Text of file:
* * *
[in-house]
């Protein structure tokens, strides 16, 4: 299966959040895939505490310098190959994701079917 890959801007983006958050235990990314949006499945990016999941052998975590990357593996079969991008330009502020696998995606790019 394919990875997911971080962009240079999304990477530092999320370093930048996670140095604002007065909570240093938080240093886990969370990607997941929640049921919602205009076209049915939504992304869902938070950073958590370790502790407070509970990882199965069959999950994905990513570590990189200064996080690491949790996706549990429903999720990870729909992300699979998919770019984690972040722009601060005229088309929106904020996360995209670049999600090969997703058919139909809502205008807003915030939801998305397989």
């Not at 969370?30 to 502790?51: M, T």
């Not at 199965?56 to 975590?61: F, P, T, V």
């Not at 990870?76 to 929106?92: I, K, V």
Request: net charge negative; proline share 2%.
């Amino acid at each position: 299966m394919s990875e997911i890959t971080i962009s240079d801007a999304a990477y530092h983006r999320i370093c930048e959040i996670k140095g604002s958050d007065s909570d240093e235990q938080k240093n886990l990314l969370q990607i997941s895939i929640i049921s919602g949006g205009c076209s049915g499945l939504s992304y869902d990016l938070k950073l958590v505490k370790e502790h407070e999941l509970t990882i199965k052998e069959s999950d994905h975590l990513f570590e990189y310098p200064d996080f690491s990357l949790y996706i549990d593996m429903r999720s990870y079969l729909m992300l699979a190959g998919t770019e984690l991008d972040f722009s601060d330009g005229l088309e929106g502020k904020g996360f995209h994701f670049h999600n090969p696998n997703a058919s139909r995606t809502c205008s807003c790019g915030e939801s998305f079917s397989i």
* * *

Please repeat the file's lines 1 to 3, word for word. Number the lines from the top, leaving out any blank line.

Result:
[in-house]
């Protein structure tokens, strides 16, 4: 299966959040895939505490310098190959994701079917 890959801007983006958050235990990314949006499945990016999941052998975590990357593996079969991008330009502020696998995606790019 394919990875997911971080962009240079999304990477530092999320370093930048996670140095604002007065909570240093938080240093886990969370990607997941929640049921919602205009076209049915939504992304869902938070950073958590370790502790407070509970990882199965069959999950994905990513570590990189200064996080690491949790996706549990429903999720990870729909992300699979998919770019984690972040722009601060005229088309929106904020996360995209670049999600090969997703058919139909809502205008807003915030939801998305397989």
């Not at 969370?30 to 502790?51: M, T």